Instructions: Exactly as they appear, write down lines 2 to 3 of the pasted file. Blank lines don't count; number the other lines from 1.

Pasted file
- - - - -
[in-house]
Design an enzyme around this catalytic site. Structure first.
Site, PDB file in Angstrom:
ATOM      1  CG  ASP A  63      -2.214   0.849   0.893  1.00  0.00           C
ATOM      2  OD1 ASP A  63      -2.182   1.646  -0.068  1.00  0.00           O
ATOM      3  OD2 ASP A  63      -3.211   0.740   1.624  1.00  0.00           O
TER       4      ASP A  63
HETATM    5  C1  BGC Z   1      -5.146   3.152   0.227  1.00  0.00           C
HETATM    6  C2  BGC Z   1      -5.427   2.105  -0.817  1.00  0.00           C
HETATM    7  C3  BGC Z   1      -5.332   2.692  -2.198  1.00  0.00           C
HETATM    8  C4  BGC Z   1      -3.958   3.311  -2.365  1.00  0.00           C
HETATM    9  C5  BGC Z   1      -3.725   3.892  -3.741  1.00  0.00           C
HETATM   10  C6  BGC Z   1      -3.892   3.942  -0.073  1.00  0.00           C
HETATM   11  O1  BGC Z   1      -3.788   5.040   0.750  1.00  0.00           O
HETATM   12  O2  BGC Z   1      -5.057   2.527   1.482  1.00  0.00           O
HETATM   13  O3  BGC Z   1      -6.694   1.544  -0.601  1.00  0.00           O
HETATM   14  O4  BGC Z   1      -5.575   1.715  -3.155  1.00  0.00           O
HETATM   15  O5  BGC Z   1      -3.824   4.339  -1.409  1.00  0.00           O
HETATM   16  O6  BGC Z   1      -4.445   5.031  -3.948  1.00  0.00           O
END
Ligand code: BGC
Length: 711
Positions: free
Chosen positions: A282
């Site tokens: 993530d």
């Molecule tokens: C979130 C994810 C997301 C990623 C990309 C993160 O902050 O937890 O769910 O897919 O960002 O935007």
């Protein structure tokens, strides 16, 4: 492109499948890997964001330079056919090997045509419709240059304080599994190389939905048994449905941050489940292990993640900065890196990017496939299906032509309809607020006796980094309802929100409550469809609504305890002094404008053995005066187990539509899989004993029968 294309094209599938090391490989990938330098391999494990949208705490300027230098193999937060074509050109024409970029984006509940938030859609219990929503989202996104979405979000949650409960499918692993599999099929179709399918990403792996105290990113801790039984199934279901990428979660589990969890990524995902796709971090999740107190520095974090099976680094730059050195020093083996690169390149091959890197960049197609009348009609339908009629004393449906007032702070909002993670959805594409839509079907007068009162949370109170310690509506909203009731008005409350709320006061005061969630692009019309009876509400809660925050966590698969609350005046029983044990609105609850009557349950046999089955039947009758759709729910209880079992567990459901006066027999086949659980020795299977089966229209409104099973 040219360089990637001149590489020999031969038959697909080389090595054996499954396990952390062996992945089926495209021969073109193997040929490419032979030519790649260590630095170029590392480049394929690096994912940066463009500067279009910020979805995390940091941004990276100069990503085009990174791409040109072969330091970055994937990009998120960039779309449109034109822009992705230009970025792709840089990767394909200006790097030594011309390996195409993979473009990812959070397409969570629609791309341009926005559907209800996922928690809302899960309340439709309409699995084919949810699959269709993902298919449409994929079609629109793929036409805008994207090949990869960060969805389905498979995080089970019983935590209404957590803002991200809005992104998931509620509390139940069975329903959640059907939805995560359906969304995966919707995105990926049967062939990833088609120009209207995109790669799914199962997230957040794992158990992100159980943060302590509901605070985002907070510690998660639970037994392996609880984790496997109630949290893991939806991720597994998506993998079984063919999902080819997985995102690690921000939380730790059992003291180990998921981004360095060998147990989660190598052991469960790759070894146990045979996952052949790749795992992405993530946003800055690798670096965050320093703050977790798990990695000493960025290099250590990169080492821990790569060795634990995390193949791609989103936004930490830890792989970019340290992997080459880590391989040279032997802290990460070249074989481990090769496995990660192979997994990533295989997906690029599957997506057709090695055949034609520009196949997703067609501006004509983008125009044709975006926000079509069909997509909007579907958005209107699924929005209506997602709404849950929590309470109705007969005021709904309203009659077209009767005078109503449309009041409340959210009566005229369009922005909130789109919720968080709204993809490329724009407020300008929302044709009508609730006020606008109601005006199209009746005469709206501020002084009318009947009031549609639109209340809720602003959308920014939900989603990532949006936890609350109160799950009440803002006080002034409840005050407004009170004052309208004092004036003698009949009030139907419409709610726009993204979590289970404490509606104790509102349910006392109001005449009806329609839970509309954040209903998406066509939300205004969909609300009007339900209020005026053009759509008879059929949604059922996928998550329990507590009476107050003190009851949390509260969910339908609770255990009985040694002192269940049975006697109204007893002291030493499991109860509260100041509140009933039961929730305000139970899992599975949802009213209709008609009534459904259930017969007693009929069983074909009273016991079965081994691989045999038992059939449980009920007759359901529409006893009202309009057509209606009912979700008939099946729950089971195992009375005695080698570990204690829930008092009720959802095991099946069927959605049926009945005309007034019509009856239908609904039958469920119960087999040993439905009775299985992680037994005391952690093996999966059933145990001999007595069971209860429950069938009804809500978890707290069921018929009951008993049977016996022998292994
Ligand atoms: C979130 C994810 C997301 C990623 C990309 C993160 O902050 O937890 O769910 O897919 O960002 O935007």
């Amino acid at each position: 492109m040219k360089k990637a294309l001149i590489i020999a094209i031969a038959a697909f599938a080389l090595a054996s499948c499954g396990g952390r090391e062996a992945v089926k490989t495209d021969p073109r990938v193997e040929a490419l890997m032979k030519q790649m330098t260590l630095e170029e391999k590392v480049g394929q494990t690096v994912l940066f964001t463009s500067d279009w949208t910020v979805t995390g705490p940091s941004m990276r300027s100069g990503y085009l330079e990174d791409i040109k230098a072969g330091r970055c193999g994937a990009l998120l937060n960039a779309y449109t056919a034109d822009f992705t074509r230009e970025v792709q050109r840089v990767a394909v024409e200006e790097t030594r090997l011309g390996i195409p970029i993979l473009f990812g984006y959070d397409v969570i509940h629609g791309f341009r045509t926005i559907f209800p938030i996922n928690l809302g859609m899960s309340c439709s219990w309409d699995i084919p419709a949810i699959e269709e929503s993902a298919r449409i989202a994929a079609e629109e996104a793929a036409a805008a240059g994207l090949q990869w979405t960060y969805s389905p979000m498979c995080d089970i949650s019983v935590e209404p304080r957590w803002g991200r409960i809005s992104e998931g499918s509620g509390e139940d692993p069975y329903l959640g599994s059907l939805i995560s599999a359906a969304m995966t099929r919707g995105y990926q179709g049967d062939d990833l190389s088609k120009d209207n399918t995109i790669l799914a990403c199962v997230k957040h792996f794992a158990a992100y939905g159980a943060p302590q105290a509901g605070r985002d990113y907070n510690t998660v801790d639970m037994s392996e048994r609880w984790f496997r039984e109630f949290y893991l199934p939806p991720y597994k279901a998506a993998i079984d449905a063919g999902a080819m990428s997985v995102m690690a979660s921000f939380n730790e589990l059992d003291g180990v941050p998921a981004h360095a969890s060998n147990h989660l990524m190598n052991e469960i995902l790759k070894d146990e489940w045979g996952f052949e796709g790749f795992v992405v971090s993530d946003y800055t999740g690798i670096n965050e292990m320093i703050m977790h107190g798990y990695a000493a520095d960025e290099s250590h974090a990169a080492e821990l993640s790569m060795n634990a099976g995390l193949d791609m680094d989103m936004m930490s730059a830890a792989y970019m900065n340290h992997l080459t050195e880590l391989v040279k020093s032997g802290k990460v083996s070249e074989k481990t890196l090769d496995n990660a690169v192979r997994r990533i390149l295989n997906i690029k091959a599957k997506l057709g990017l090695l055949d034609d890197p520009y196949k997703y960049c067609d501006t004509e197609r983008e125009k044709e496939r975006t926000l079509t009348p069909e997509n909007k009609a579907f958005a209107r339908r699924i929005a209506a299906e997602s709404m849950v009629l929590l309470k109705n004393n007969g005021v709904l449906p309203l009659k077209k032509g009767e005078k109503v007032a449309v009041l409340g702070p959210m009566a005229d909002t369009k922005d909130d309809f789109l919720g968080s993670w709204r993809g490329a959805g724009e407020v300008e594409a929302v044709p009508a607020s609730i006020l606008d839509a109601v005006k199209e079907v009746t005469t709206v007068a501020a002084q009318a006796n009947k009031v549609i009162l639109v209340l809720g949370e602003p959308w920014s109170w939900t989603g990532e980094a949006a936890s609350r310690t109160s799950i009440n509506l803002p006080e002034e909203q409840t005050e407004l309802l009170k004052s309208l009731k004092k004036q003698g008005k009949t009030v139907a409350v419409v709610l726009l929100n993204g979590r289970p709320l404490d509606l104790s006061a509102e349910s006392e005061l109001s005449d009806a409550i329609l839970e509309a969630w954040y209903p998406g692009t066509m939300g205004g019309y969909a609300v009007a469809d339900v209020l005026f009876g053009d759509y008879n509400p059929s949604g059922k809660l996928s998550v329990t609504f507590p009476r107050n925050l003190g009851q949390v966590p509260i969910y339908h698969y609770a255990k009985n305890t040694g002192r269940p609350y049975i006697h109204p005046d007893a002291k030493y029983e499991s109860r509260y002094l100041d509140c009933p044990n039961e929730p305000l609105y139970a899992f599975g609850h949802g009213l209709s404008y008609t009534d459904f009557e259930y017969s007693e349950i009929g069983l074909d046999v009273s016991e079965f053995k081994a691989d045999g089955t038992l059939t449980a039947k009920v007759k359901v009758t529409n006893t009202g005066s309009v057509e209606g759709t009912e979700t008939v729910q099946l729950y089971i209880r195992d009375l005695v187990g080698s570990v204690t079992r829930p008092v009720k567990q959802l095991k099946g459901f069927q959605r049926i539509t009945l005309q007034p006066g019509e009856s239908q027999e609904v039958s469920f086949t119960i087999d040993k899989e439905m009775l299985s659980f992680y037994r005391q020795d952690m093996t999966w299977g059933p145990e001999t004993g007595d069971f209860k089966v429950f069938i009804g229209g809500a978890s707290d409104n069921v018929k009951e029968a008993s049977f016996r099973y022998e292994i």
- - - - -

Design an enzyme around this catalytic site. Structure first.
Site, PDB file in Angstrom: